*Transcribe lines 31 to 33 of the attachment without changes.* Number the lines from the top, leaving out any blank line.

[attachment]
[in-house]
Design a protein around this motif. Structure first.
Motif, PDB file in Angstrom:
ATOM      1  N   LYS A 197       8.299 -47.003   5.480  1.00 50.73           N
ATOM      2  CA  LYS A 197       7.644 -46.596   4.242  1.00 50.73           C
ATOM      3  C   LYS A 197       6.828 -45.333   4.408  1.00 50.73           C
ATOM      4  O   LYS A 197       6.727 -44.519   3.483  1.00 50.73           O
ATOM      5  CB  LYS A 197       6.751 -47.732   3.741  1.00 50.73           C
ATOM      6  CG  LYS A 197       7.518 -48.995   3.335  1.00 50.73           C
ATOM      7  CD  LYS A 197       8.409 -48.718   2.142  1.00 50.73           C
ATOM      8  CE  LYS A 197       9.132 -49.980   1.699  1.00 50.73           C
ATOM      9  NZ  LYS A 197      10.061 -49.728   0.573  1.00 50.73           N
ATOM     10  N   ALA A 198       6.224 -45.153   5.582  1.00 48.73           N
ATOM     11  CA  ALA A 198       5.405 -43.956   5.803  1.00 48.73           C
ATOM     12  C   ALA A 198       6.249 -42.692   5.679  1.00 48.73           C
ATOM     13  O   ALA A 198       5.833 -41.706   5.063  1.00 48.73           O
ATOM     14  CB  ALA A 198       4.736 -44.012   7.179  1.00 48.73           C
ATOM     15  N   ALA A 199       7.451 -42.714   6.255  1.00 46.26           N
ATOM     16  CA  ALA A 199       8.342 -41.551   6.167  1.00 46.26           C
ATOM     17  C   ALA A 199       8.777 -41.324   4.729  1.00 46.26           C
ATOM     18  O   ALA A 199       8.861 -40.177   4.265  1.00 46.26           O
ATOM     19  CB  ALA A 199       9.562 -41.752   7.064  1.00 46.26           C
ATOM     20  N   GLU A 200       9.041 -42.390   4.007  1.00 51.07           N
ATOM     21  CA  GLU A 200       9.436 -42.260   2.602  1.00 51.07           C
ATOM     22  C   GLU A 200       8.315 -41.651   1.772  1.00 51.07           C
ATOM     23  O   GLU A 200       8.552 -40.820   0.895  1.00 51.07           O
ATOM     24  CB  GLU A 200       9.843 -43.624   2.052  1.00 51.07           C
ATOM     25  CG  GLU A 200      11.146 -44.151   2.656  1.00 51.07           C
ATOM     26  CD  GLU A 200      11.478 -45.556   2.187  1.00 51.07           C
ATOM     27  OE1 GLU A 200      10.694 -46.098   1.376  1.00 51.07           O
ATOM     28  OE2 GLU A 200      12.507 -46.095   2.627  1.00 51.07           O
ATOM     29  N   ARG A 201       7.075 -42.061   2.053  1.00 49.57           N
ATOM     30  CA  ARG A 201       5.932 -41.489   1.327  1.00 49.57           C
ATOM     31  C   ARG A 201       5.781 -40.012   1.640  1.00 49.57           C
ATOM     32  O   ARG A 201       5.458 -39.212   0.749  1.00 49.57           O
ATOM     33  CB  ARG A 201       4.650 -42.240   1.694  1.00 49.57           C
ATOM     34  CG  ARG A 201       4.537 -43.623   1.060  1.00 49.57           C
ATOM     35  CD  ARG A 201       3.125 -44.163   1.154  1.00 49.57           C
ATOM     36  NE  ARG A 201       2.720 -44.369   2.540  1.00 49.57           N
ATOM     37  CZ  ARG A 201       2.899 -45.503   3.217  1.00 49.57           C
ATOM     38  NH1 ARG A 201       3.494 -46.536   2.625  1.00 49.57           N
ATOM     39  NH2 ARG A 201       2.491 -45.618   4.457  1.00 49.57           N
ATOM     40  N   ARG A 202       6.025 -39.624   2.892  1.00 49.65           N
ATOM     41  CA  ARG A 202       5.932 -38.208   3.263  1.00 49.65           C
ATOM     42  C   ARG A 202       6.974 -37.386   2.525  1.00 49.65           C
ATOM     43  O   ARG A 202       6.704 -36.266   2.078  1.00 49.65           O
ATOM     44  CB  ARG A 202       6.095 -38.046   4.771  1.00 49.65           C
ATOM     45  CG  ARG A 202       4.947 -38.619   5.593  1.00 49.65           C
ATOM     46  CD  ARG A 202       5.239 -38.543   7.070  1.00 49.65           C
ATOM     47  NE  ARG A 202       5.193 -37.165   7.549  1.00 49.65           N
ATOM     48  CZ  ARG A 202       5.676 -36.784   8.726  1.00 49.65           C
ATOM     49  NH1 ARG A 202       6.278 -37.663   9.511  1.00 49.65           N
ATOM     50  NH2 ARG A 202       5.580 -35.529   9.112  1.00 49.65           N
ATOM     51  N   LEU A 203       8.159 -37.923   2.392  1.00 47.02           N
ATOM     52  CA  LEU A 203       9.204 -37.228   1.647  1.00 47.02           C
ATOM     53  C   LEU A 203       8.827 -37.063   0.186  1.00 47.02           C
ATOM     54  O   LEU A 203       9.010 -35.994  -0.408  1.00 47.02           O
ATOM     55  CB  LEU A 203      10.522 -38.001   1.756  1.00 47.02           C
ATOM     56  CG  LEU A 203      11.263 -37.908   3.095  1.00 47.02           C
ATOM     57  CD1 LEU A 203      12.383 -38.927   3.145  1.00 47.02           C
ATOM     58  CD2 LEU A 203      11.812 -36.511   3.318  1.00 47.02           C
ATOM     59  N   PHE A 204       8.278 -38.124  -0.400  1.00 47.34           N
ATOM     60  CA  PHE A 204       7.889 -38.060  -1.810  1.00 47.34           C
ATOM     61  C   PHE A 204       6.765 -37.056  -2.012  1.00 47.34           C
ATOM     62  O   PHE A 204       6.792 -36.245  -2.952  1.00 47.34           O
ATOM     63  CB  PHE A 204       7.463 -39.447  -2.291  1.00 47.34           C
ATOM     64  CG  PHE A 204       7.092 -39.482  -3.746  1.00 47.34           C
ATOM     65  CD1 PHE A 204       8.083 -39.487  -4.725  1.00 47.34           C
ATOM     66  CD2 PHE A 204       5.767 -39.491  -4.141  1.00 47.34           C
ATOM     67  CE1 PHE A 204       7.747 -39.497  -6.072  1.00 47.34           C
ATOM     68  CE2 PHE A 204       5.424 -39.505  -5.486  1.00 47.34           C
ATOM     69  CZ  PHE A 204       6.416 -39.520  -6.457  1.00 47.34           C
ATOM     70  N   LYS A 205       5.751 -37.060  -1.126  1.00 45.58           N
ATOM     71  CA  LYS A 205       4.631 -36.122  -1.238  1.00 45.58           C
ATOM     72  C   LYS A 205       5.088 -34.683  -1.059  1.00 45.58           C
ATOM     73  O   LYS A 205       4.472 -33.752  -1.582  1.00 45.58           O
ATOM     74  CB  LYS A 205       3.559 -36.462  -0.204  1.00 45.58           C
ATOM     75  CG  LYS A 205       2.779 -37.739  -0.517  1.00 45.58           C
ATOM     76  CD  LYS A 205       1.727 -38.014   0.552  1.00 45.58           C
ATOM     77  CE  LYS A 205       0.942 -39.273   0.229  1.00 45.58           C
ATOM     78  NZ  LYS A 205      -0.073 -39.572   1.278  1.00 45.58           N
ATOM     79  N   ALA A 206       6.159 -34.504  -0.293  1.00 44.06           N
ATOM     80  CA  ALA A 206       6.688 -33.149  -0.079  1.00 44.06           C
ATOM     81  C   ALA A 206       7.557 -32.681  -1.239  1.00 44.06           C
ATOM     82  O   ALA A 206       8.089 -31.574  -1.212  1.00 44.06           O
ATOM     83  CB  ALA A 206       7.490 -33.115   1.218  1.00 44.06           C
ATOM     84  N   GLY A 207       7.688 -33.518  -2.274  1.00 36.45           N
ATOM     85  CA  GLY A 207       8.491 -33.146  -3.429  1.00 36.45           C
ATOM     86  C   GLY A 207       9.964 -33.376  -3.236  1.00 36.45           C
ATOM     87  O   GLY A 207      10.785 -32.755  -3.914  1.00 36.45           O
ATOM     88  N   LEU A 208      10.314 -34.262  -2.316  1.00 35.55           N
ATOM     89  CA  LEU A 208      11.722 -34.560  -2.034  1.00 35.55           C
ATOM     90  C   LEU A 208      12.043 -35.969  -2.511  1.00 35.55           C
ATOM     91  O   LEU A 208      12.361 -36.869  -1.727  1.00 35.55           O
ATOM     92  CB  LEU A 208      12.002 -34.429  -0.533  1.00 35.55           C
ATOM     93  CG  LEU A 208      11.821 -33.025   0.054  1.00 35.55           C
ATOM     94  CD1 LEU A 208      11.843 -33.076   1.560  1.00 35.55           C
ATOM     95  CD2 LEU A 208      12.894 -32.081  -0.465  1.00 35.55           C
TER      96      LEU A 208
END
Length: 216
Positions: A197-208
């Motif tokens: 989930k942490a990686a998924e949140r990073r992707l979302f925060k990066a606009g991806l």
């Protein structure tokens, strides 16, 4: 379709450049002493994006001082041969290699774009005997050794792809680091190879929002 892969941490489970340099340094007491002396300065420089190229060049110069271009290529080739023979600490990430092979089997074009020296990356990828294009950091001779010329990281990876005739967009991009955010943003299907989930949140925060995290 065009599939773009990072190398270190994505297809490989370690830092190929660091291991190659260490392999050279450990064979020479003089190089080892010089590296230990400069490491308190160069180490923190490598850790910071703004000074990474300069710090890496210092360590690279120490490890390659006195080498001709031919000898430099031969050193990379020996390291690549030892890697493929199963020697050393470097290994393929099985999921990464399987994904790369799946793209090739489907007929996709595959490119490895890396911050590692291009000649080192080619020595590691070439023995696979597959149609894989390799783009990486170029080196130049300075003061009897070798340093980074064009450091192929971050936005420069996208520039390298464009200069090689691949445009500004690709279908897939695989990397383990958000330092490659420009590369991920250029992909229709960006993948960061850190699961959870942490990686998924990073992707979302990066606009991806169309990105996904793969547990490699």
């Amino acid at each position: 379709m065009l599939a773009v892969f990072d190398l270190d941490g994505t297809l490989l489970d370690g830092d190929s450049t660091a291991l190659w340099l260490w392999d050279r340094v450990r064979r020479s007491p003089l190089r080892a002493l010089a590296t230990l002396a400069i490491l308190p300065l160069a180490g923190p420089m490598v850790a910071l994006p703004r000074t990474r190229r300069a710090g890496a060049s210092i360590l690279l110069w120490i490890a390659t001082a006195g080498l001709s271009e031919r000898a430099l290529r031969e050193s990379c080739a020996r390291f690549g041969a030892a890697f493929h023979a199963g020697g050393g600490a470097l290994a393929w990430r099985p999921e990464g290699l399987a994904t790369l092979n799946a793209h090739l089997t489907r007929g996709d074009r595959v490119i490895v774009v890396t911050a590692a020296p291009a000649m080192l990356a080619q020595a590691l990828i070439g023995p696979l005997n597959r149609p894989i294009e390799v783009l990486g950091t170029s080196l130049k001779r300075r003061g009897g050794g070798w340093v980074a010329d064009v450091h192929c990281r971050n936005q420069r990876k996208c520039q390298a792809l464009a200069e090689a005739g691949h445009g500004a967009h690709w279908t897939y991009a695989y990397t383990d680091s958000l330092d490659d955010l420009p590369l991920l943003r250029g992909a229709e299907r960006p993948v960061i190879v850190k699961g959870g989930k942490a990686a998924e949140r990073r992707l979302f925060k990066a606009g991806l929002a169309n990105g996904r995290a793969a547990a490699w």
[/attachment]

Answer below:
ATOM     28  OE2 GLU A 200      12.507 -46.095   2.627  1.00 51.07           O
ATOM     29  N   ARG A 201       7.075 -42.061   2.053  1.00 49.57           N
ATOM     30  CA  ARG A 201       5.932 -41.489   1.327  1.00 49.57           C